|Publication number||US3889115 A|
|Publication date||Jun 10, 1975|
|Filing date||Mar 16, 1973|
|Priority date||Mar 17, 1972|
|Publication number||US 3889115 A, US 3889115A, US-A-3889115, US3889115 A, US3889115A|
|Inventors||Toshio Kondo, Hifumi Tamura|
|Original Assignee||Hitachi Ltd|
|Export Citation||BiBTeX, EndNote, RefMan|
|Patent Citations (2), Referenced by (30), Classifications (14)|
|External Links: USPTO, USPTO Assignment, Espacenet|
United States Patent 1 Tamura et al.
[ June 10, 1975 i 1 ION MICROANALYZER  Inventors: Hifumi Tamura, Hachioji: Toshio Kondo, Sagamihara, both of Japan  Assignee: Hitachi, Ltd., Japan  Filed: Mar. 16, 1973  Appl. No; 341,846
 Foreign Application Priority Data Mar. 17. 1972 Switzerland ..2656l/72  U.S. Cl. 250/307; 250/309; 250/397  Int. Cl. H0lj 37/26  Field of Search 250/309, 307. 306, 310,
 References Cited UNITED STATES PATENTS 3,644,044 2/1972 Tolk 250/307 3,686,499 8/1972 Omura 250/309 OTHER PUBLICATIONS Ion Microprobe Mass Analyzer, Liebl, Journal of Applied Physics, Vol. 38, No. 13, 5277-5283, Dec, 1967.
Primary Examiner.lames W. Lawrence Assistant Examiner-C. E. Church Attorney, Agent, or Firm-Craig & Antonelli  ABSTRACT An ion microanalyzer which detects and mass analyzes the secondary ions emitted from a specimen surface when it is scanned with an ion beam, comprising a cathode ray tube the electron beam of which is scanned synchronously with the scanning of the above-mentioned ion beam, the intensity of the electron beam being modulated by the directly detected signal of the secondary ions.
15 Claims, 4 Drawing Figures p agrmmua 0 ms 3 8 89 ,1 l5
FIG.| PRIOR ART PATEI\ITED 3,889,115
SHEET 5 F I G. 4
Fe Al i l ATOMIC NUMBER CONTRAST (Al Fe ION MICROANALYZER The present invention relates to an ion microana lyzer, and more particularly to an ion microanalyzer which can display the image of the secondary ions emitted by a specimen on the face plate of a cathode ray tube.
The ion microanalyzer of the type described is for the purpose of obtaining an image of the surface ofa specimen, potential distribution, atomic number contrast (the contrast resulting from the difference in the secondary ion emitting power of elements), or the like on the face plate of a cathode ray tube and/or on the recorder by detecting secondary ions emitted from a specimen by being scanned with an ion beam.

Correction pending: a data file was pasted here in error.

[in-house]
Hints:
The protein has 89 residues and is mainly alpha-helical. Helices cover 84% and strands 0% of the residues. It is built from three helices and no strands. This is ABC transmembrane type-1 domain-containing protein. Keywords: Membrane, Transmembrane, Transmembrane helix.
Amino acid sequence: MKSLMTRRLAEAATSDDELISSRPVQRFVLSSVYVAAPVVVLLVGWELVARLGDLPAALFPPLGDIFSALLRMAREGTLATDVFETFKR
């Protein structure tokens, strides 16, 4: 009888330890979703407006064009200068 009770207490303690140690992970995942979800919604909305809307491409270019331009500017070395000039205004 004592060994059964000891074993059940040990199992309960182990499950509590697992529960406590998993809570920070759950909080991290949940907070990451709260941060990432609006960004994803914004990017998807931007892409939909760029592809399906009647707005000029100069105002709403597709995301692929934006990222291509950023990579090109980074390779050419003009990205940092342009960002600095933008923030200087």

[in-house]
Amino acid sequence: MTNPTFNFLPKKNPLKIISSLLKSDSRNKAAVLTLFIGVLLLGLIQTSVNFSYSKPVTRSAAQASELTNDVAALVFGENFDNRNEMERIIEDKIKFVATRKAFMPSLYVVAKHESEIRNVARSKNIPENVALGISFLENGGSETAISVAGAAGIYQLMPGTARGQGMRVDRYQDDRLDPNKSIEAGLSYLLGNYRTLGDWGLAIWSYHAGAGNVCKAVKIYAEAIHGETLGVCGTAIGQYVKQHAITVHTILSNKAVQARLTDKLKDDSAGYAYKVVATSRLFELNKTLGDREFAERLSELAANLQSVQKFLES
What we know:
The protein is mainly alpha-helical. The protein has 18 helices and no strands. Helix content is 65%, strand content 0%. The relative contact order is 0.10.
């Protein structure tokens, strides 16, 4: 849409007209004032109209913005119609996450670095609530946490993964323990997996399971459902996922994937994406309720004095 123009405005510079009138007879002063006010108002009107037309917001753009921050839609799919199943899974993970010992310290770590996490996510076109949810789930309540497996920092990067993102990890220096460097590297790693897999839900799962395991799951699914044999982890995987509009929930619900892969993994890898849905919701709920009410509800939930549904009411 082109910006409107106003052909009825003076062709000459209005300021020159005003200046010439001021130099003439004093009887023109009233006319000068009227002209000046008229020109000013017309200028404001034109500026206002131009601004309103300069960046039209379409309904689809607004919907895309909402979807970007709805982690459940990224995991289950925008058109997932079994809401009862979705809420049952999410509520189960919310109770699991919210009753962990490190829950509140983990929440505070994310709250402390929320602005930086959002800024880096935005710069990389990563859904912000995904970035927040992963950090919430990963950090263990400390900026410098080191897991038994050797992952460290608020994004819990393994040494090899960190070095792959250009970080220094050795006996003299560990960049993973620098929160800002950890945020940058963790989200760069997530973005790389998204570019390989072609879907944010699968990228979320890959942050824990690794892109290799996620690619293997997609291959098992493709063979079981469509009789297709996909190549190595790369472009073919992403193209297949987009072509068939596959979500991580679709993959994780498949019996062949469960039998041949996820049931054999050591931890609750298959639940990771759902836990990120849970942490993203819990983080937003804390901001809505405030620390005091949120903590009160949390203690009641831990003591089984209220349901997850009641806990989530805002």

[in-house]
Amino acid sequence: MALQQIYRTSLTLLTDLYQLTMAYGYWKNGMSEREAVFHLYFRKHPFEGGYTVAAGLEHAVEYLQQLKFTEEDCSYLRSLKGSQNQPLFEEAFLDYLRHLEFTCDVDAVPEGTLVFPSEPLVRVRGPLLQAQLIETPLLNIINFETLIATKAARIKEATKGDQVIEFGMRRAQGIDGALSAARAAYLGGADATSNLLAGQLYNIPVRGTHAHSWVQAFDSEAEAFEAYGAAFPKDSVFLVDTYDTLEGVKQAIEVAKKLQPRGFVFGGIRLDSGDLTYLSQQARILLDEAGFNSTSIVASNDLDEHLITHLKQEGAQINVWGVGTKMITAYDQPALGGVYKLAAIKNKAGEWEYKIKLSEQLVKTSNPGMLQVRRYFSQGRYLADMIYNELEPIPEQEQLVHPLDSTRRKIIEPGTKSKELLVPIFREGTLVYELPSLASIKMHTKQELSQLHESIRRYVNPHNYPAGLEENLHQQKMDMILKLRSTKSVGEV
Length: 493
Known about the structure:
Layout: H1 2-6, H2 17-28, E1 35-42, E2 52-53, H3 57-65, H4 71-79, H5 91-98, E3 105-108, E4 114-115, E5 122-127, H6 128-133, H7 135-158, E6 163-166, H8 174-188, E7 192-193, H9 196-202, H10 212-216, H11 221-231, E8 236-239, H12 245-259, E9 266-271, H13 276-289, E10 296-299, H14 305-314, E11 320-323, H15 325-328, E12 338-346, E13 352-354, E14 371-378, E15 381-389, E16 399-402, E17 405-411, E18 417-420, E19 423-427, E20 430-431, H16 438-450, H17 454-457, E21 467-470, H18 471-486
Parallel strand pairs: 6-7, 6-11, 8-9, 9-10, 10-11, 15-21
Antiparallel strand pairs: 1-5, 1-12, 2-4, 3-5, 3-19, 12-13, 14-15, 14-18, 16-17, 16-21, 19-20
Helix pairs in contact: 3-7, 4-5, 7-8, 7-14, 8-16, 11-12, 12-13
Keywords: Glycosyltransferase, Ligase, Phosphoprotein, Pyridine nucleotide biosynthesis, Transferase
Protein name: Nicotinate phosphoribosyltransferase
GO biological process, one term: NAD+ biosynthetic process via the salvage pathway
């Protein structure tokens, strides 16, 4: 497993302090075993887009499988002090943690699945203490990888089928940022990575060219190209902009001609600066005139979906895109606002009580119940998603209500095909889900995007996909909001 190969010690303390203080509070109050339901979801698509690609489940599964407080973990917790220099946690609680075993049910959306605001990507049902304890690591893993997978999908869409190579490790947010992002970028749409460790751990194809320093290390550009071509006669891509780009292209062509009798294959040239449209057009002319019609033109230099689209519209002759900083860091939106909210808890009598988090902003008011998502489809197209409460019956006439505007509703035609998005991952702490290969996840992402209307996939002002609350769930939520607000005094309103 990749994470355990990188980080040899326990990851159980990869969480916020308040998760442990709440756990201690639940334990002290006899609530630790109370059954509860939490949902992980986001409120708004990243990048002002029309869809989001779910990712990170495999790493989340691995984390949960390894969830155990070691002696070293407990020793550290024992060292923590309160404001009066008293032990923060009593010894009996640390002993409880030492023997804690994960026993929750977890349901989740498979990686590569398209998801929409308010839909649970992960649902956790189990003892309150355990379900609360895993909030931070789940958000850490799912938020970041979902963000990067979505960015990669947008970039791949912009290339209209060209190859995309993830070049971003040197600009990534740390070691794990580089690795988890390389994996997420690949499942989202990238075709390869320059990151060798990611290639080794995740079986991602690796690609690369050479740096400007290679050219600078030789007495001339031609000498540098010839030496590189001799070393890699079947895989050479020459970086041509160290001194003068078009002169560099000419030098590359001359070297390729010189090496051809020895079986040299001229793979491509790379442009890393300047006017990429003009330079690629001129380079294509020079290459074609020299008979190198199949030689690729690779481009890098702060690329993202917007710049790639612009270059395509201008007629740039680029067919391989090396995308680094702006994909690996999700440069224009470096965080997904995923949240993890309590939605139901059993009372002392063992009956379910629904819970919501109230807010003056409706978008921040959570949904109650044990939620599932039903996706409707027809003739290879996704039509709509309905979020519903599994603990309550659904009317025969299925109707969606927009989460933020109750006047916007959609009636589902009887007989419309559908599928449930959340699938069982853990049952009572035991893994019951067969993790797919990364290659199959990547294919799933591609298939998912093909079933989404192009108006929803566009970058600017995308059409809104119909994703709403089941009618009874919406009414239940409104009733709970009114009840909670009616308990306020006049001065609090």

A prior art ion microanalyzer for the preparation of a description of the present invention and a preferred embodiment of the present invention will be described with reference to the accompanying drawings, in which FIG. 1 is a schematic construction of a prior art ion microanalyzer;
FIG. 2 is a schematic construction of an ion microanalyzer according to the present invention;
FIG. 3 is a secondary ion image on the face plate of a cathode ray tube; and
FIG. 4 is a photograph of a secondary ion image.
As a preparatory description for the present invention a prior art ion microanalyzer will first be described with reference to FIG. 1. The prior art ion microanalyzer shown in FIG. 1 includes a primary ion irradiation system, a double focussing type mass-spectrometer, a secondary ion detecting system, and a cathode ray tube. The primary ion irradiation system consists of an ion source 1, a primary ion separator 3 for ions 2 emitted by the ion source 1, a condenser lens 4, an objective lens 6 and deflection electrodes 5. An ion beam emitted by the ion source 1 is converged by the condenser lens 4 onto a specimen 7 to a diameter of several microns or less, and scanned by the deflection electrodes synchronously with a cathode ray tube 18 for observation. A part of the secondary ions emitted by the specimen 7 passes through an electrostatic lens 9 and enters the mass-spectrometer which consists of an electric field device 10, a magnetic field device 12 and slits l6 and 17. The mass-analyzed ions pass through a deflector 13, are detected and amplified by a detector such as a secondary electron multiplier 14, and supplied as a video signal to the cathode ray tube 18 and a recorder to provide an image for the concentration distribution of a particular element in the surface of the specimen 7.
This ion microanalyzer can display an image ofa particular element as described above, but the image is not clear and distinct because the intensity of the video signal for forming the image is low due to the fact that the video signal is obtained by detecting the ions analyzed by the mass-spectrometer. That is, this image forming method has the following disadvantages:
1. Though this method is relatively effective for an element having a high secondary ion emissivity (the ratios of emitted ions to atoms) and having a concentration of several percent to 100 percent in a specimen such Al, Fe, Cr, Na or K, other elements are only with difficulty observed as images.
2. It is difficult to distinguish between the image of the surface of a specimen and the atomic number contrast due to the concentration of the element because the contrast due to the unevenness of the surface of the speciman is observed superposed on a particular element.
3. It is not practical to utilize the secondary ion image for the location of the analyzing position because the intensity of signal is low for that purpose.
An object of the present invention is to provide an ion microanalyzer which overcomes the abovedescribed disadvantages of the prior art ion microanalyzer,
According to the present invention the abovedescribed disadvantages are overcome by directly detecting secondary ions emitted by a specimen to supply a video signal.